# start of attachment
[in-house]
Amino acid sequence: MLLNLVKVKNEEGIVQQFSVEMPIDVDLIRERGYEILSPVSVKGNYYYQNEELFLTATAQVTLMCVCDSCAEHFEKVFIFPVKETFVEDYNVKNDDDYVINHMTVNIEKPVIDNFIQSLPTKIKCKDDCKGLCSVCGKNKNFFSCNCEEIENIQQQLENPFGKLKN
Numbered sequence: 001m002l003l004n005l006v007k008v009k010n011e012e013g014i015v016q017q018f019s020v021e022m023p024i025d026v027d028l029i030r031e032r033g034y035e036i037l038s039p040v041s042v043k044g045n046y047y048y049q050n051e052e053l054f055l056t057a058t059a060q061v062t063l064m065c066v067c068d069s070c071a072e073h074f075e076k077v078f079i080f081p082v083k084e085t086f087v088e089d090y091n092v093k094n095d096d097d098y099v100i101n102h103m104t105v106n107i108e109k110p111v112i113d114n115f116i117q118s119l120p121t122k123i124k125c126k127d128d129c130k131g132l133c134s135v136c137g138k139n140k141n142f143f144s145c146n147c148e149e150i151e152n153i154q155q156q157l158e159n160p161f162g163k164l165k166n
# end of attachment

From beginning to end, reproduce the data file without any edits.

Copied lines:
[in-house]
Amino acid sequence: MLLNLVKVKNEEGIVQQFSVEMPIDVDLIRERGYEILSPVSVKGNYYYQNEELFLTATAQVTLMCVCDSCAEHFEKVFIFPVKETFVEDYNVKNDDDYVINHMTVNIEKPVIDNFIQSLPTKIKCKDDCKGLCSVCGKNKNFFSCNCEEIENIQQQLENPFGKLKN
Numbered sequence: 001m002l003l004n005l006v007k008v009k010n011e012e013g014i015v016q017q018f019s020v021e022m023p024i025d026v027d028l029i030r031e032r033g034y035e036i037l038s039p040v041s042v043k044g045n046y047y048y049q050n051e052e053l054f055l056t057a058t059a060q061v062t063l064m065c066v067c068d069s070c071a072e073h074f075e076k077v078f079i080f081p082v083k084e085t086f087v088e089d090y091n092v093k094n095d096d097d098y099v100i101n102h103m104t105v106n107i108e109k110p111v112i113d114n115f116i117q118s119l120p121t122k123i124k125c126k127d128d129c130k131g132l133c134s135v136c137g138k139n140k141n142f143f144s145c146n147c148e149e150i151e152n153i154q155q156q157l158e159n160p161f162g163k164l165k166n